When the No. 1 Bill was in Committee, the Government announced that they had it in mind to direct the corporation to transfer ownership of the whole of docklands railway to the LDDC. Before making such a direction, the Government consulted LRT, the local authorities through whose areas the railway runs and the boroughs of Lewisham and Greenwich through which the railway for which authorisation is sought in the principal Bill would run. The Government have not announced a decision following that consultation.
If the transfer takes place, LRT proposes that promotion of the Bill should be transferred to Docklands Light Railway Ltd, the operators of the docklands railway. Such a transfer will probably take place after the No. 1 Bill has gone to another place and until then LRT will continue with the promotion of both Bills.
The hon. Gentleman need not worry too much because I am sure that a suitable accounting procedure will be discovered for working out the costs and that that will be taken into account.
I emphasise that the decision to transfer the docklands light railway to LDDC has no bearing on the merits of the scheme. The extension will greatly improve the access to and from large parts of docklands for the benefit of residential and commercial regeneration throughout the area. I am sure that hon. Members whose constituencies will be served by the railway are well aware of the potential benefits. I believe that it is in everyone's interests for the No. 1 Bill to be given its Third Reading and for the No. 2 Bill to be given its Second Reading so that the considerable benefits will not be missed.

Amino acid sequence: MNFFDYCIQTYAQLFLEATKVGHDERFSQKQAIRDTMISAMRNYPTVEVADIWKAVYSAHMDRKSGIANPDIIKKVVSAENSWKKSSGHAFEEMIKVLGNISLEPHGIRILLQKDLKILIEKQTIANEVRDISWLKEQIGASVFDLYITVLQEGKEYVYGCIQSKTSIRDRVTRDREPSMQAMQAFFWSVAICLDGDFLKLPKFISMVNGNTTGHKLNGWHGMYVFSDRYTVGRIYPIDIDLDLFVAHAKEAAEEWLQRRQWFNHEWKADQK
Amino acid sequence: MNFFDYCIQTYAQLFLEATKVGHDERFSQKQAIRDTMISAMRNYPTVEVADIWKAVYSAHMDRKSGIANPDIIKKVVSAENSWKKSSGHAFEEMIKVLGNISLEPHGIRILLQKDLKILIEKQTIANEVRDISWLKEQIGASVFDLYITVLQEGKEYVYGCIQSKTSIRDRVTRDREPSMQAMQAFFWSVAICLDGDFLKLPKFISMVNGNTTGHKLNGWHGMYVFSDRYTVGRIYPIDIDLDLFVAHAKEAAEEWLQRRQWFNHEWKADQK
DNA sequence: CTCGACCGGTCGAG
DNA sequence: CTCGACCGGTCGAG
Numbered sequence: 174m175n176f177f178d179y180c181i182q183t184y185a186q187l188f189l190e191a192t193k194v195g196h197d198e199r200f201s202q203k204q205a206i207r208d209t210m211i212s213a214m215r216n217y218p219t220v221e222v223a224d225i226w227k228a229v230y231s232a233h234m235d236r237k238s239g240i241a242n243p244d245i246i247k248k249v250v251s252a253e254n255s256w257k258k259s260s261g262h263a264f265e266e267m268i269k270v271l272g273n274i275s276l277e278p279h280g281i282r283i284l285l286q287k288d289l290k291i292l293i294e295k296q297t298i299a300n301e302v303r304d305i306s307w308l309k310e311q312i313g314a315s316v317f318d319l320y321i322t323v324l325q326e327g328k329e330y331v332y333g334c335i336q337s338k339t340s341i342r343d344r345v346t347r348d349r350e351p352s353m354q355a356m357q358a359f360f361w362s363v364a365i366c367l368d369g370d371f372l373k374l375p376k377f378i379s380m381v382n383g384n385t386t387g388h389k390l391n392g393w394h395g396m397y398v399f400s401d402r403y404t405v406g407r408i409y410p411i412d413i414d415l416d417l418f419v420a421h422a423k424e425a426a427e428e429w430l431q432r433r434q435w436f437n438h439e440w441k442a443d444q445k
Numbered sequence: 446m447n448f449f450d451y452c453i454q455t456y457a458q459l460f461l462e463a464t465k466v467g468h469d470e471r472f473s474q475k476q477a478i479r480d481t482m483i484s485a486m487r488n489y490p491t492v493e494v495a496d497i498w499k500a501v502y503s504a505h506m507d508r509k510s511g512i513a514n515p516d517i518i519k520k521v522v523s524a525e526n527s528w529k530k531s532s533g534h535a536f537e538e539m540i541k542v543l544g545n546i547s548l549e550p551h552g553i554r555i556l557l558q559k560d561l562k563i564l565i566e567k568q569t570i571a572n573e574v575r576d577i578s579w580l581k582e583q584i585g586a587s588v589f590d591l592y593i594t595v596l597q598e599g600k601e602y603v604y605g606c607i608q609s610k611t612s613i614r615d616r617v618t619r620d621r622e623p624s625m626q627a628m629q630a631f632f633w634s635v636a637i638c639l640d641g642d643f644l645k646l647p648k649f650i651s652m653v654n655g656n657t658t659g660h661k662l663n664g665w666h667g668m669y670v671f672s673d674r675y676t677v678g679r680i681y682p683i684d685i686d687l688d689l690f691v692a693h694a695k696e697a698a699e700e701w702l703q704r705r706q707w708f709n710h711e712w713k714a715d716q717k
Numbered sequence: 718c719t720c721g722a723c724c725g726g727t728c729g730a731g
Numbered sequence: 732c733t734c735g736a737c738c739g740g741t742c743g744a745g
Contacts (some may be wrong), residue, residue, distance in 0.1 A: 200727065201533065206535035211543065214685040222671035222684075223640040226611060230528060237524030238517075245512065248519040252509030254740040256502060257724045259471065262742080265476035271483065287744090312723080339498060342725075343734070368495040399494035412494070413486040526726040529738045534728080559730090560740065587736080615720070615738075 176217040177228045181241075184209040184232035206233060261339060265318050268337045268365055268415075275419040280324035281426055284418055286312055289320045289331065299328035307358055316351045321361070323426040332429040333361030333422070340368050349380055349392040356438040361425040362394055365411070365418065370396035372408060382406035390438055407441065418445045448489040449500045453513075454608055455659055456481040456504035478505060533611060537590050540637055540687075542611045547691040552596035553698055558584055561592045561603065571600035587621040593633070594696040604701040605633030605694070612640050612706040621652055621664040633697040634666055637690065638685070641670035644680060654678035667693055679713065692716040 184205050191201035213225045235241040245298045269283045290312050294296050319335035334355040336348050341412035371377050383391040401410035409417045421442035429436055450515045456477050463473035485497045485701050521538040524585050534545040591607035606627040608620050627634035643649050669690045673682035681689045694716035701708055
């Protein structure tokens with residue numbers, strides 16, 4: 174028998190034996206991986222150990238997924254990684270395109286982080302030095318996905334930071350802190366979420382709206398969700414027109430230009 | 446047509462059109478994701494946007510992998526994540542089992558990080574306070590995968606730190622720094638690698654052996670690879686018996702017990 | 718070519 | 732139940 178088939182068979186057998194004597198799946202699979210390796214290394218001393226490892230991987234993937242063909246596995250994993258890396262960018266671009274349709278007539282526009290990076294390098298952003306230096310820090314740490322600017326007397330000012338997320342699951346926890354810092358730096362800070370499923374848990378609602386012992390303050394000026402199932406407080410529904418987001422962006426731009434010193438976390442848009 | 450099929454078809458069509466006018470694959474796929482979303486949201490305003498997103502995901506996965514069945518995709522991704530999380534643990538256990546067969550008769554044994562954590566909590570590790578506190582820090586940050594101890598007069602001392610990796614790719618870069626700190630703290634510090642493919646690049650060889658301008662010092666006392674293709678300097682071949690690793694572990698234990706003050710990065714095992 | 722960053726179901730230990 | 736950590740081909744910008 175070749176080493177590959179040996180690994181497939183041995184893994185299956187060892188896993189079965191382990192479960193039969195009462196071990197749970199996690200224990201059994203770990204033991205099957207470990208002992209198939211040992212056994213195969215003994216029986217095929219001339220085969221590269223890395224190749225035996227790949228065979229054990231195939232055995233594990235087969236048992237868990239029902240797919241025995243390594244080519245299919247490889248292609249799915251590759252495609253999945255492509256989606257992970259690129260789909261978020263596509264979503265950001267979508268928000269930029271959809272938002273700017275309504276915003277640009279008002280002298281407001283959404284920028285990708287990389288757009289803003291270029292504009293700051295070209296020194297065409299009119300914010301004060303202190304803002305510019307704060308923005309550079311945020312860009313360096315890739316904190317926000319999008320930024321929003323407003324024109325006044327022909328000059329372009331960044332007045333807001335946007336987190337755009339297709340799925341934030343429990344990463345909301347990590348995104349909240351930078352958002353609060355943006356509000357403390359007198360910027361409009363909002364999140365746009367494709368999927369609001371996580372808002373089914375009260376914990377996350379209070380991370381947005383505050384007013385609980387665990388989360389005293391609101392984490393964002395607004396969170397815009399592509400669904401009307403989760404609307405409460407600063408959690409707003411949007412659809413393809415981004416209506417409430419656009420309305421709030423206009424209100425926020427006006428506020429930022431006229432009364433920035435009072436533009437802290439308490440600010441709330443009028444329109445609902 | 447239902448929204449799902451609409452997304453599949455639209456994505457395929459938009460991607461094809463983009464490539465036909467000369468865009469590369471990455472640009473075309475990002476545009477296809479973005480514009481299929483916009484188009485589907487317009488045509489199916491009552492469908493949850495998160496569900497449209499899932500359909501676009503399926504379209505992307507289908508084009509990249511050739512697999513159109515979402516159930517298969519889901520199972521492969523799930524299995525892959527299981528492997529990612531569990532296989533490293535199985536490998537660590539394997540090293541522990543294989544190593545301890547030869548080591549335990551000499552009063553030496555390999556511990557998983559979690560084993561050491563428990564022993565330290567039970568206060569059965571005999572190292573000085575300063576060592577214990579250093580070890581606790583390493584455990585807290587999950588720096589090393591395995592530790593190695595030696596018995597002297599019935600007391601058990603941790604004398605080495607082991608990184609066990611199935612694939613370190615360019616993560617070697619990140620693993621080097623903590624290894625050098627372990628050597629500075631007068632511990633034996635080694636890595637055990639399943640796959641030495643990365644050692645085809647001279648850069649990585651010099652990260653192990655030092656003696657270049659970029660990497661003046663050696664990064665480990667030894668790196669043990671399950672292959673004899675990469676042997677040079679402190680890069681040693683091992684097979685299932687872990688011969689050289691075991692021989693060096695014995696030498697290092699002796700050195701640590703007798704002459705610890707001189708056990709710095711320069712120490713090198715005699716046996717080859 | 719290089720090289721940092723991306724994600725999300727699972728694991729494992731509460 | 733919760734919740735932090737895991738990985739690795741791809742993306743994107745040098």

My hon. Friends the Members for Lewisham, East (Mr. Moynihan) and for Lewisham, West (Mr. Maples), who are not able to take part in the debate because of their ministerial office, have asked me to make clear their enthusiasm for the Bill. I am sure that the hon. Member for Lewisham, Deptford (Ms. Ruddock) will make her views known in due course.
I shall need to speak a little longer than I usually do to put the case for my constituents. I hope that you will bear with me, Madam Deputy Speaker, because I have a raging sore throat and I do not know how long my voice will last. I excuse my anti-social behaviour in spreading germs around the Chamber. My constituents are so concerned about the Bill, which they consider to be the last straw, that I feel that their point of view must be put here.
We feel that the Bill is premature. The present railway does not run properly. When it was introduced, my constituents were told that there would be a light railway which would be quiet and which would give them transport, and they welcomed it. Over four years, the railway has deteriorated so considerably that life has become a nightmare for all the people living along the railway—so much so that they have formed an organisation called Residents Against Noise and Pollution. Some 2,000 of them have signed a petition asking that something be done about the noise. The residents say:
The noise from the DLR is increasingly affecting the lives of residents along the line. Their health, as well as their daytime performance and behaviour, is deeply affected through lack of sleep and constant noise aggression.
When the residents heard that the DLR would be handed over to the London Docklands development corporation, they approached Eric Sorensen and expressed their problems and worries. His answer was in part sympathetic, but it ended: